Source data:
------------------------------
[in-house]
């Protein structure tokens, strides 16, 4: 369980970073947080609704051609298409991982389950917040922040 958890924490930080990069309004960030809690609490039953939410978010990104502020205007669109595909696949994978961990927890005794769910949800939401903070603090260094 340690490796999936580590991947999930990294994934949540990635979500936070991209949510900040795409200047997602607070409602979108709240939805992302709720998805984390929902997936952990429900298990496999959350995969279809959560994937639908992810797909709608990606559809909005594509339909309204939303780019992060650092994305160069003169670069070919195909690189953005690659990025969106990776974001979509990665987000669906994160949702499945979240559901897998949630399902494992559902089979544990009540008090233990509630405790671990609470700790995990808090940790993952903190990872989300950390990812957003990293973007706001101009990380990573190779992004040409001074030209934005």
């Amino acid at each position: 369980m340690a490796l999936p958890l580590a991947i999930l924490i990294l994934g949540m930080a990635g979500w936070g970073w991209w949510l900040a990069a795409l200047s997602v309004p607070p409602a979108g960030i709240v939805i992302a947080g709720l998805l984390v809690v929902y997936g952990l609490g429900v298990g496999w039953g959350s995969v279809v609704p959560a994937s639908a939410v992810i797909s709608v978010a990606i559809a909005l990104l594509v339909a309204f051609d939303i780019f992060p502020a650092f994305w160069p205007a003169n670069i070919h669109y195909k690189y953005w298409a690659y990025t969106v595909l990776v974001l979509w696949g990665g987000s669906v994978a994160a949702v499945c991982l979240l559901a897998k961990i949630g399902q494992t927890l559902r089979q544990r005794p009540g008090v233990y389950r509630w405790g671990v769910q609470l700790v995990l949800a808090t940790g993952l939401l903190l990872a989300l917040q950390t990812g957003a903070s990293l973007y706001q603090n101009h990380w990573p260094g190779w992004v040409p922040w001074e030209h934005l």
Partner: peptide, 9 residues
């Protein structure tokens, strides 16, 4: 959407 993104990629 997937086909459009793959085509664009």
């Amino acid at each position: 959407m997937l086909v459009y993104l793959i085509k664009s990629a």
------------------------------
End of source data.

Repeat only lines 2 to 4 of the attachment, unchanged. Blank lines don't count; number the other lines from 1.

């Protein structure tokens, strides 16, 4: 369980970073947080609704051609298409991982389950917040922040 958890924490930080990069309004960030809690609490039953939410978010990104502020205007669109595909696949994978961990927890005794769910949800939401903070603090260094 340690490796999936580590991947999930990294994934949540990635979500936070991209949510900040795409200047997602607070409602979108709240939805992302709720998805984390929902997936952990429900298990496999959350995969279809959560994937639908992810797909709608990606559809909005594509339909309204939303780019992060650092994305160069003169670069070919195909690189953005690659990025969106990776974001979509990665987000669906994160949702499945979240559901897998949630399902494992559902089979544990009540008090233990509630405790671990609470700790995990808090940790993952903190990872989300950390990812957003990293973007706001101009990380990573190779992004040409001074030209934005």
């Amino acid at each position: 369980m340690a490796l999936p958890l580590a991947i999930l924490i990294l994934g949540m930080a990635g979500w936070g970073w991209w949510l900040a990069a795409l200047s997602v309004p607070p409602a979108g960030i709240v939805i992302a947080g709720l998805l984390v809690v929902y997936g952990l609490g429900v298990g496999w039953g959350s995969v279809v609704p959560a994937s639908a939410v992810i797909s709608v978010a990606i559809a909005l990104l594509v339909a309204f051609d939303i780019f992060p502020a650092f994305w160069p205007a003169n670069i070919h669109y195909k690189y953005w298409a690659y990025t969106v595909l990776v974001l979509w696949g990665g987000s669906v994978a994160a949702v499945c991982l979240l559901a897998k961990i949630g399902q494992t927890l559902r089979q544990r005794p009540g008090v233990y389950r509630w405790g671990v769910q609470l700790v995990l949800a808090t940790g993952l939401l903190l990872a989300l917040q950390t990812g957003a903070s990293l973007y706001q603090n101009h990380w990573p260094g190779w992004v040409p922040w001074e030209h934005l």
Partner: peptide, 9 residues